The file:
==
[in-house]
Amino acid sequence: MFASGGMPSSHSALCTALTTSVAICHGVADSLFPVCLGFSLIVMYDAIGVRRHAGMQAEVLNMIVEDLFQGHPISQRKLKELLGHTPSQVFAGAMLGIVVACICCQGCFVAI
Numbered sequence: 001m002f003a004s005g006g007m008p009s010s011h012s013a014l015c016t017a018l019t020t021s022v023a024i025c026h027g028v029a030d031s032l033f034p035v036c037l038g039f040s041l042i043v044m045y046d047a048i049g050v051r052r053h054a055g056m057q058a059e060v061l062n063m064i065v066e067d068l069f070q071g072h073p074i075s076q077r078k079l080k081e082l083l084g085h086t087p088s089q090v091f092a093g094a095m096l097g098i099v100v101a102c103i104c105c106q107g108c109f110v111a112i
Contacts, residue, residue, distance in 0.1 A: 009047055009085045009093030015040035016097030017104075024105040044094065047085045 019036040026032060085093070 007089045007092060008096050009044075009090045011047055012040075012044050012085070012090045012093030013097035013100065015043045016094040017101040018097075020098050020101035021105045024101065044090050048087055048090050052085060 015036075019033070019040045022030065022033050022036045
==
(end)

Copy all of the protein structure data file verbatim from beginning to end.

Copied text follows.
[in-house]
Amino acid sequence: MFASGGMPSSHSALCTALTTSVAICHGVADSLFPVCLGFSLIVMYDAIGVRRHAGMQAEVLNMIVEDLFQGHPISQRKLKELLGHTPSQVFAGAMLGIVVACICCQGCFVAI
Numbered sequence: 001m002f003a004s005g006g007m008p009s010s011h012s013a014l015c016t017a018l019t020t021s022v023a024i025c026h027g028v029a030d031s032l033f034p035v036c037l038g039f040s041l042i043v044m045y046d047a048i049g050v051r052r053h054a055g056m057q058a059e060v061l062n063m064i065v066e067d068l069f070q071g072h073p074i075s076q077r078k079l080k081e082l083l084g085h086t087p088s089q090v091f092a093g094a095m096l097g098i099v100v101a102c103i104c105c106q107g108c109f110v111a112i
Contacts, residue, residue, distance in 0.1 A: 009047055009085045009093030015040035016097030017104075024105040044094065047085045 019036040026032060085093070 007089045007092060008096050009044075009090045011047055012040075012044050012085070012090045012093030013097035013100065015043045016094040017101040018097075020098050020101035021105045024101065044090050048087055048090050052085060 015036075019033070019040045022030065022033050022036045